On Friday, a cyclist was killed in a downtown Seattle collision. As Dominic Holden explains in this week's paper, local politicians should have fully funded the city's plan for bike safety years ago to help prevent tragedies like this one.
Here's another thing the city can do: create a successful bicycle share program. Bike share programs are staggeringly safe. According to a recent analysis by Reuters, not a single person has ever died using bike share in the United States, out of about 23 million total rides across 36 different programs, in places like New York and Denver and Boston. Experts say that's because the bikes are sturdy, slow, and reliable. More importantly, bike sharing programs put many more cyclists on the road, and as study after study has shown, there's safety in numbers.
Seattle is finally going to get bike share this fall. Pronto Cycle Share, after months of delays, is set to launch on October 13. During its first year, there will be 500 bikes available across 50 stations throughout downtown, South Lake Union, the U-District, and Capitol Hill, placed strategically to encourage quick trips under 30 minutes.
So far, so good! But there's a huge question mark looming over the program, and some people are even betting that Seattle's bike share program will fail. To take one example, Flavia Krause-Jackson, who covers cities and urban trends for Bloomberg News, wrote about Pronto in an August article surveying the success and failure of bicycle share programs across the globe. Our program, she writes, "faces a built-in hurdle. The home to Microsoft Corp. has a helmet law that history shows will sink its bike-sharing dream."
That's right. King County has a mandatory helmet law that dates back to 2003. Which means that in Seattle, you can get ticketed ($81!) for not wearing a helmet. In the history of bike share, there's only one program that's notorious for having struggled: Melbourne, Australia, which has a helmet law. The vast majority of cities do not have helmet laws, and some of those that do have begun ditching them. In 2010, Mexico City repealed its helmet law ahead of the launch of its bike share program. The Dallas City Council, in June, changed that city's helmet law so that it only applies to kids 17 years old and younger, ahead of the launch of its bike share program this fall. "In order to do bike share, we absolutely have to get rid of the helmet requirement," said Dallas city council member Philip Kingston.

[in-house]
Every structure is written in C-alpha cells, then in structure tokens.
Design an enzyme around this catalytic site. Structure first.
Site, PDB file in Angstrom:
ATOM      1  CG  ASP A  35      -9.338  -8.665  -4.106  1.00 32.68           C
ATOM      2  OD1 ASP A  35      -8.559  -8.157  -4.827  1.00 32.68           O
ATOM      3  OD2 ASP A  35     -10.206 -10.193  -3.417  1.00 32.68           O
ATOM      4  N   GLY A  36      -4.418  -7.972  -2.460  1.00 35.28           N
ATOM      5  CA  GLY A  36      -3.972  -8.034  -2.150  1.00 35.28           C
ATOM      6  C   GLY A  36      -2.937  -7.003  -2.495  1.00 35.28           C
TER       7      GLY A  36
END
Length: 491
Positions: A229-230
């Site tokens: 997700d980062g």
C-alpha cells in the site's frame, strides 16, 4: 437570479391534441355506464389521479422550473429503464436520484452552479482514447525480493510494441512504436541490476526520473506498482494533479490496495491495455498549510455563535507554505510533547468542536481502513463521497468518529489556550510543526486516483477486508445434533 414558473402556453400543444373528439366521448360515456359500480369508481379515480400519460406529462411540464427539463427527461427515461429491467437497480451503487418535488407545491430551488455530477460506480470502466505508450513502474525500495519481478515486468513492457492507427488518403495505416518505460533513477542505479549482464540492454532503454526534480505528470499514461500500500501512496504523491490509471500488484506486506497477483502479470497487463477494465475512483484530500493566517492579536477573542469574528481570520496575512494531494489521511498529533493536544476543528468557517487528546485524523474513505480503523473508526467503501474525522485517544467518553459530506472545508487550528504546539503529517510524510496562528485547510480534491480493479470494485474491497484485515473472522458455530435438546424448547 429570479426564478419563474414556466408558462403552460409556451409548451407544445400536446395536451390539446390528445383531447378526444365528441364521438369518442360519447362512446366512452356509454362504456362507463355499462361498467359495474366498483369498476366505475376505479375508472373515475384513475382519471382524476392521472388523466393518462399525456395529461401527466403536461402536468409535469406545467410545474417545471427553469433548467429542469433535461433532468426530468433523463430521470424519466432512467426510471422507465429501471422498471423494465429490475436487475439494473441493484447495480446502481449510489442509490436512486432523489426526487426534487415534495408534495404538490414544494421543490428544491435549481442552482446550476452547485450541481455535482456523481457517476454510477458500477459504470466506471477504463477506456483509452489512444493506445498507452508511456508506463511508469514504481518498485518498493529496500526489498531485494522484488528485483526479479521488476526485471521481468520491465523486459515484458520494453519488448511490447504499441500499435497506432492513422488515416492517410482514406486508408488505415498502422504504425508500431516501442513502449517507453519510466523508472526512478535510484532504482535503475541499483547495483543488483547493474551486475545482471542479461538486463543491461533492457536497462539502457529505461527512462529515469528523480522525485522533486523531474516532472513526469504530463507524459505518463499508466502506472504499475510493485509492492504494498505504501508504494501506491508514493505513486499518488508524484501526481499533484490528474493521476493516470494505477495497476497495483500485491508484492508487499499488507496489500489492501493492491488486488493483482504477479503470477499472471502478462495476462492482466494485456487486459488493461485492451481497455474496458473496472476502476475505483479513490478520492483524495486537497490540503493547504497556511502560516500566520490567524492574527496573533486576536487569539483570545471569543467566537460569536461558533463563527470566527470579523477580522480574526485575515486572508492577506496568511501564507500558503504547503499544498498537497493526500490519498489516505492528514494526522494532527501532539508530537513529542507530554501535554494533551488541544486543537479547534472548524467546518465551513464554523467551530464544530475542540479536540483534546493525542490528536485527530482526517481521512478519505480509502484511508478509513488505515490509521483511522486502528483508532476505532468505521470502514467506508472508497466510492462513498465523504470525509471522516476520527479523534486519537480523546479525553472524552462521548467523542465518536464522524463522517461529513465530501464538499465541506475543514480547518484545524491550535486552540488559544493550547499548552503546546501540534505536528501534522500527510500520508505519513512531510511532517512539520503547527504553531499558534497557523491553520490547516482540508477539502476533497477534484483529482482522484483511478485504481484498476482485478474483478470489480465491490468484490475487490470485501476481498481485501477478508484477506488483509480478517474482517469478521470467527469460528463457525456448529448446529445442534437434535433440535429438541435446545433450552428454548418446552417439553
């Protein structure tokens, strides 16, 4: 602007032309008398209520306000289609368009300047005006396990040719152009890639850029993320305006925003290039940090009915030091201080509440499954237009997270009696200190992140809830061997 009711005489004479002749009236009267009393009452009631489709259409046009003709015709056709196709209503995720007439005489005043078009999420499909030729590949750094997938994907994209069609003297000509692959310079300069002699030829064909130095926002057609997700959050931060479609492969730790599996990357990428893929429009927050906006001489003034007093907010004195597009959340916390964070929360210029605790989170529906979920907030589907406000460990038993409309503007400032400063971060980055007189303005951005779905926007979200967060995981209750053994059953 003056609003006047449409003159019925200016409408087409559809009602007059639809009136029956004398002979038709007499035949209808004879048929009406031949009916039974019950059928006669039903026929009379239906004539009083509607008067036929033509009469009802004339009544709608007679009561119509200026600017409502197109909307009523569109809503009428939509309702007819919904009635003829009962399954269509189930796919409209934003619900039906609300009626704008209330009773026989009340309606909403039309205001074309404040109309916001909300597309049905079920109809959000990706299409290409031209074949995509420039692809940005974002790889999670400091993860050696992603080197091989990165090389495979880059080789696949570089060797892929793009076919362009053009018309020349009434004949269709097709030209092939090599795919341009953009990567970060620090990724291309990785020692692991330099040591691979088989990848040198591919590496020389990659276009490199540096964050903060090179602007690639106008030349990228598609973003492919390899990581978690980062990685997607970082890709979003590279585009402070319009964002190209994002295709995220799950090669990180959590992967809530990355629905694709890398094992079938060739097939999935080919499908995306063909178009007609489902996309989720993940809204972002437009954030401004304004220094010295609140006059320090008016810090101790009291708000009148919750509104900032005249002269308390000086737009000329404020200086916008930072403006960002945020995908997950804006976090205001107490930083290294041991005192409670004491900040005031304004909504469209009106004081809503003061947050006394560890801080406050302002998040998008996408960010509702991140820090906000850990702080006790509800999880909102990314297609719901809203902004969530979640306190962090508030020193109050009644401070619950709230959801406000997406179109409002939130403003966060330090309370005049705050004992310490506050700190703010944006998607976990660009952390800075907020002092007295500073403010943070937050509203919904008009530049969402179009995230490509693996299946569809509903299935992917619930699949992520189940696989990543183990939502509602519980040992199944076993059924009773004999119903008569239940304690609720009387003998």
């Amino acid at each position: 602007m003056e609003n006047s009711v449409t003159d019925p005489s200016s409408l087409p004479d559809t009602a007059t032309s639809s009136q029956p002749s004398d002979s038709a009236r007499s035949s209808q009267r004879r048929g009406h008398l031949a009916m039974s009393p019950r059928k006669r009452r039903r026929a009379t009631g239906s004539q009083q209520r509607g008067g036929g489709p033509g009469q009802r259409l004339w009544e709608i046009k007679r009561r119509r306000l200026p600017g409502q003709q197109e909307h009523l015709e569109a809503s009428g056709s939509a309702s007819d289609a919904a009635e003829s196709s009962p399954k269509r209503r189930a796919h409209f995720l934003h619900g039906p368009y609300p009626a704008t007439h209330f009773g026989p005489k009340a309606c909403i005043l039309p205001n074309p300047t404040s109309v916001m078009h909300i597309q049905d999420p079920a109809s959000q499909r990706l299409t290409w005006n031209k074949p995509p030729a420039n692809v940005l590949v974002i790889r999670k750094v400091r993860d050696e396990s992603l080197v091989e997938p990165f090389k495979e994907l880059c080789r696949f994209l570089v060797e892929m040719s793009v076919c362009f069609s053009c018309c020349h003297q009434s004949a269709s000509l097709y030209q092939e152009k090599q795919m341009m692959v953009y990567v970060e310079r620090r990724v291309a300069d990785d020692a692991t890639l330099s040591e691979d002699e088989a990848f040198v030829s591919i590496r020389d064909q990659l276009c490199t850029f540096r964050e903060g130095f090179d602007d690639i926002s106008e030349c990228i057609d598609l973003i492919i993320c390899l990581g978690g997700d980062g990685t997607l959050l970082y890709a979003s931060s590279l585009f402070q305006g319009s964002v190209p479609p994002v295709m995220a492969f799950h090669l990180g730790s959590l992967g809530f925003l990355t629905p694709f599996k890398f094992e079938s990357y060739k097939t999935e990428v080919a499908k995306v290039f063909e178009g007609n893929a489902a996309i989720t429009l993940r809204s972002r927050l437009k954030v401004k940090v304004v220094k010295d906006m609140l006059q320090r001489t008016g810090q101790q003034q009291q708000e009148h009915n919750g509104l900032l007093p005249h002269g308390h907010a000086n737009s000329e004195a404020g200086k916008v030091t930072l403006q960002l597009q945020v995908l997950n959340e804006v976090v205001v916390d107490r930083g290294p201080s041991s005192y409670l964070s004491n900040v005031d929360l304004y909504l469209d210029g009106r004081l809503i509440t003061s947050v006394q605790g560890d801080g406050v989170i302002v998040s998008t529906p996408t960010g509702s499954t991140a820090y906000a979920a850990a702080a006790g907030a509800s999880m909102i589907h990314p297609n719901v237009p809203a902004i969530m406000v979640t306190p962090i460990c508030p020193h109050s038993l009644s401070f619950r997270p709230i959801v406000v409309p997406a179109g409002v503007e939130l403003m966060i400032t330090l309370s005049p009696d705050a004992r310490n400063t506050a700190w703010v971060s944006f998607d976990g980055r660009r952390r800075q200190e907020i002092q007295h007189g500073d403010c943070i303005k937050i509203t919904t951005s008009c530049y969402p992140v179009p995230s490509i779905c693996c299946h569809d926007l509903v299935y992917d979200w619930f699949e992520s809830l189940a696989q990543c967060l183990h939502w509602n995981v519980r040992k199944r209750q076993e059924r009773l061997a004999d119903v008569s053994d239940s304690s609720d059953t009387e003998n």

There is a raging debate, in fact, over just how much helmets protect your head. Some studies even say wearing a helmet can increase the likelihood of a neck injury in an accident. King County's helmet law cites as evidence a 1989 study by local researchers who said helmets reduce the risk of head injury by 85 percent. But researchers who sought to reproduce that finding found that they could not. Last year, the Centers for Disease Control and National Highway Traffic Safety Administration removed the 85 percent claim from its website and said it would stop including the figure in its public safety recommendations.
As for helmet laws—as opposed to voluntary individual use of helmets—the data is overwhelming: They discourage cycling and reduce the number of cyclists on the road, even though increasing the number of cyclists yields the greatest safety benefits. The UW feasibility study that paved the way for bike share's development in Seattle warned back in 2010, "Unless a way around the helmet law in King County is discovered, the helmet requirement may dramatically reduce the number of bike-share riders by eliminating the spontaneity of bike-share use."
What's Pronto's solution to the helmet dilemma? It's something that's never been tried before, except for a short-lived pilot in Boston: the inclusion of helmet-dispensing kiosks at every bike share station in Seattle. Pronto members can rent a helmet for 24 hours for $1.50; it's $2 for the general public. They'll be sanitized after every use. "We want you to have a blast and be safe, still," said Kyle McMahon, Pronto's marketing manager, while he showed off the helmet kiosk designs to me. And they're partnering with local bicycle shops to offer customers 20 percent discounts on helmets with the purchase of an $85 annual bike share membership. Seattle Children's Hospital is underwriting the half-million dollars it costs to build the helmet vending system.
That's money, however, that could have been spent setting up bike share stations in underserved areas like the Central District or Beacon Hill, which won't have access to bike share until Pronto's second phase expansion. How soon that expansion happens depends on its success this year.
Local officials seem blasé about whether King County's helmet law could hurt Seattle's bike share program. "We've heard that helmet laws discourage bicycling, but that's not something we've necessarily seen in King County," said Annie Kirk, a program manager at the county's injury prevention unit. "I'm really excited to start using [bike share] myself," she said. "I think that they have come up with a good solution. And we'll see. It's a little too early to tell." Right now, she said, there's no movement toward changing the county's ordinance.
"I wouldn't say they're doomed to failure," said Brent Toderian, the former chief urban planner of Vancouver, BC, where a helmet law has delayed and complicated attempts to launch a bike share program. "But I know for a fact that it won't be as successful as it would be if the helmet-law problem was addressed."